Tuesday, May 14, 2013

How To Be

'Good mommies' read to their kids.  Daily.  At least that's what all the 'experts' will tell you.  In ways, I guess I used to be am one of these so-called 'experts'.  Teachers promote the school-home connection as one of the strongest ways to foster a solid educational foundation for children.  I should know.  It was a large portion of the soapbox on which I stood at every meet-the-teacher night, parent-teacher conference, and random phone call/email throughout the year to address a specific issue.

And yet, as a mom, do I follow my own teacher-y/soapbox-y advice?  Well, in ways, yes.  I do, to the fullest extent of what I envisioned the parents of my students doing--sitting down side-by-side at the 'homework table' to provide assistance through prompting (not telling) and questioning (not answering), finding creative ways to connect the skills being learned in school to 'real life' (measuring, counting money, functional writing activities, etc), and promoting manners and appropriate social behavior skills in hopes that they translate fully to the classroom setting and beyond (And from what we've heard thus far, this is one area where we have kicked some serious 'awesome parenting a**'.  Unlucky for us {and the school}, we've set the bar pretty high with Gavin...just.wait.until.Raegan.is.a.kindergartener. {eesh}).  Overall, I'd say we're doing a pretty okay-ish job, and in my world, that is worthy of two thumbs up.  An 'A' for effort.  

Oh, but then there's that whole 'reading' thing.  Sitting down with a book between us, sharing the gift of time and the journey of an adventure to a far-off land with Flat Stanley; or giggling at the intricate and tongue-twisting rhymes of the original wordsmith himself, Dr. Seuss.  This is the area in which I not only fall short, but many, many days (like almost all of them), I fall flat on my 'hopeful mom' face and land somewhere in the middle of the Sea of Guilt.  Without a life vest.  And a school of teachers {pun intended} circling me, taunting me with stacks of children's books and looks of disapproval.  Trust me, I know the teacher 'look', and it ain't pretty.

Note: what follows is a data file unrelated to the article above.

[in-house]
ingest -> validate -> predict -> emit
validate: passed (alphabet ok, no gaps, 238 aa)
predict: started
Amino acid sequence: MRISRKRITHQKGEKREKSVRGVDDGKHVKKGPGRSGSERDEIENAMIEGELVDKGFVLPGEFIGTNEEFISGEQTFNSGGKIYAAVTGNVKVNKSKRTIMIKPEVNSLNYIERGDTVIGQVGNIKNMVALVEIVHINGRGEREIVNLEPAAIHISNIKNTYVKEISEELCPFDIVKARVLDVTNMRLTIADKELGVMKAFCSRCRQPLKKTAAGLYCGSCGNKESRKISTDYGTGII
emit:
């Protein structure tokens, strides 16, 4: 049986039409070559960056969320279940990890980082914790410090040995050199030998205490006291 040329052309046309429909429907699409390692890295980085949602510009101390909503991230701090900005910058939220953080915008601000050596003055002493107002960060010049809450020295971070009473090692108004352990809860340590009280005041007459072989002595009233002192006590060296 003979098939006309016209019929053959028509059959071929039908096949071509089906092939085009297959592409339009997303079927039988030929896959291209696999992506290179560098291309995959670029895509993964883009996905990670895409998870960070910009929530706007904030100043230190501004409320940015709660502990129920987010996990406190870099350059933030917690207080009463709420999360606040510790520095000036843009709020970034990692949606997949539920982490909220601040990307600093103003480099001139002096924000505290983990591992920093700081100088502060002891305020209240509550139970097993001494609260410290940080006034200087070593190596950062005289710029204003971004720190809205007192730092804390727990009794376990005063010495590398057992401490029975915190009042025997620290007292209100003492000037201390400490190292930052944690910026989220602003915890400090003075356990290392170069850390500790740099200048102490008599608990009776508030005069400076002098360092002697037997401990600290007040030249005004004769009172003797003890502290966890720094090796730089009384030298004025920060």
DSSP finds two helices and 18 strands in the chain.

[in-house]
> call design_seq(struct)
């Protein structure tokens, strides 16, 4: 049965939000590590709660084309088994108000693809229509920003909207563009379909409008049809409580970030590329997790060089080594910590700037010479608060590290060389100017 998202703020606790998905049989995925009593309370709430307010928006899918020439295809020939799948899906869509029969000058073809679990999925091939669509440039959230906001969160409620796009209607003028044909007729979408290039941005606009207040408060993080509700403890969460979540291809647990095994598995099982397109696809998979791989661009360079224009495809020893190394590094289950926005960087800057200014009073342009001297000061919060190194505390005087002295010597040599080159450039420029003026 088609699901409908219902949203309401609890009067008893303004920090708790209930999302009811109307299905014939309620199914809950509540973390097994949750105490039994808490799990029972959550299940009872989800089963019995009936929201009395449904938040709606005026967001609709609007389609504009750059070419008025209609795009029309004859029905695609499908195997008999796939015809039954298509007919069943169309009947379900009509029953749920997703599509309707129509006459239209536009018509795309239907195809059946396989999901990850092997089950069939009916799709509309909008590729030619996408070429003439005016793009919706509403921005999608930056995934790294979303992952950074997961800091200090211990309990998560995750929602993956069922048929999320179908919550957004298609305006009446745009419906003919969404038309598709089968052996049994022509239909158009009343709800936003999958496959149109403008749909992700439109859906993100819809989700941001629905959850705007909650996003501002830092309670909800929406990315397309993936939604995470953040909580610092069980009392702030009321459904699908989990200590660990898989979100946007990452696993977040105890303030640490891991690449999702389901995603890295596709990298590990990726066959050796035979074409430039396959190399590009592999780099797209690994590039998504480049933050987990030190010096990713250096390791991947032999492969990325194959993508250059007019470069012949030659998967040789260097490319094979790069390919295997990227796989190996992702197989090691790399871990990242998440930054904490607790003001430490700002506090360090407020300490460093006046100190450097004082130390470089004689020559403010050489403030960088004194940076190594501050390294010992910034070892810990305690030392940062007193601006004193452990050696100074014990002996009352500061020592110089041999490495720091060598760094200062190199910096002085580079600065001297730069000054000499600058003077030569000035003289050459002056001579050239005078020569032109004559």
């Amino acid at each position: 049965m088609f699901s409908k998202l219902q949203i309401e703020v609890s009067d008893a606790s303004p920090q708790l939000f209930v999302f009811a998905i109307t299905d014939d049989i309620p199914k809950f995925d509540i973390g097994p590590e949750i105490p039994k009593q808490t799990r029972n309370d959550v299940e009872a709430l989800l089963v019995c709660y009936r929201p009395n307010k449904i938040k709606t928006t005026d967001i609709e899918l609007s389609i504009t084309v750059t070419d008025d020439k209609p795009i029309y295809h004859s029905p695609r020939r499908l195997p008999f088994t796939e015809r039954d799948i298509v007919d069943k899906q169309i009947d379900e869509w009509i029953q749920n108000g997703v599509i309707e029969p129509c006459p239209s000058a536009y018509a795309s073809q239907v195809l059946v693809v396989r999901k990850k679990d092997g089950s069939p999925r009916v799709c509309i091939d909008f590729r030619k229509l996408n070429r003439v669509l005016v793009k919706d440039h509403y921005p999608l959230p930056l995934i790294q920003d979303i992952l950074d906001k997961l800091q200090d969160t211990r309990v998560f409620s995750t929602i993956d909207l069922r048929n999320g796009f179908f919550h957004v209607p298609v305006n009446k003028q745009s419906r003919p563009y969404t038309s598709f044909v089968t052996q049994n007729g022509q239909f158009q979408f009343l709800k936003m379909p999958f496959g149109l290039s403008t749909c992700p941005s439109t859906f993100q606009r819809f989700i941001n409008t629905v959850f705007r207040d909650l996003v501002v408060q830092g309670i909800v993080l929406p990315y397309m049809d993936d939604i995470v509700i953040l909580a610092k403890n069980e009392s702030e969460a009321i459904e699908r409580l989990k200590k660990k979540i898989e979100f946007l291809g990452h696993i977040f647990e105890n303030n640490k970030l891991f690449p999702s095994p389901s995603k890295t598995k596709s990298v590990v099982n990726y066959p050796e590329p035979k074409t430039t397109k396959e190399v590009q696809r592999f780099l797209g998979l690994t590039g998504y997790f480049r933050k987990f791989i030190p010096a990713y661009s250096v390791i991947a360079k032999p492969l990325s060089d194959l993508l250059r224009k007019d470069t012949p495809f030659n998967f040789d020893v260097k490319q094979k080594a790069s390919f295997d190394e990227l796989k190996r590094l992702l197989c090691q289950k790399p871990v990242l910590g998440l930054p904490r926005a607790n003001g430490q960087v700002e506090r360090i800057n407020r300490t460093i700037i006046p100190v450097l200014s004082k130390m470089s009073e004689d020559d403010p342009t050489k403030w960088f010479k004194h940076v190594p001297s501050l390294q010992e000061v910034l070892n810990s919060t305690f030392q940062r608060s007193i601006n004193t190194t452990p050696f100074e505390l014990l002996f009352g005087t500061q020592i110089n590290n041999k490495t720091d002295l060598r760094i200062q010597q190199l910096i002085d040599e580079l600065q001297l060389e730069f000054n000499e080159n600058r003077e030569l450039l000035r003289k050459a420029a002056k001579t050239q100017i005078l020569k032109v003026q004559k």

So today, glorious today, I decided that rather than just chill out among scornful stares of those who are 'experts', I would plop down on the couch between my ballerinas daughters, turn off the background music Top 40 {kid-friendly lyric-ed} music I play all day long, and turn on my best 'read aloud, teacher-y' voice to read a few books.  I reached into the Land's End tote, the one we use specifically as a 'library bag', the one that I had personalized with our last name in large lettering so as to broadcast to everyone who sees, "Hey, look everyone!  Our family is studious, well-read, library-going folk!".  What's that?  More DVD's than books?  There must be some mistake!  We do not plop our children in front of movies to gain a little *free time*, who would do such things!, and grabbed a few books.  {Ironic sidebar: my current FB status reads as follows: 'Beauty and the Beast are babysitting...so I'll use the *free* time to ignore my laundry and blog ;) '}

The first book I read was Brynn's choice: Fancy Nancy: Spelndiferous Christmas  If you're a follower of this blog, then most likely, you know Brynn and this makes complete sense.  Brynn's world is made of pink, glitter, feather boas, and fluffy wonderfulness.  Think: cotton candy machine crossed with a Be-Dazzler, set to the tune of bubble-gum pop music.  And the Christmas theme?  Well that's obvious as well.  Her birthday has passed for this calendar year, as has Raegan's and most recently, Gavin's.  The next obvious holiday {read: PRESENTS!} is Christmas.  It seemed like her only logical choice.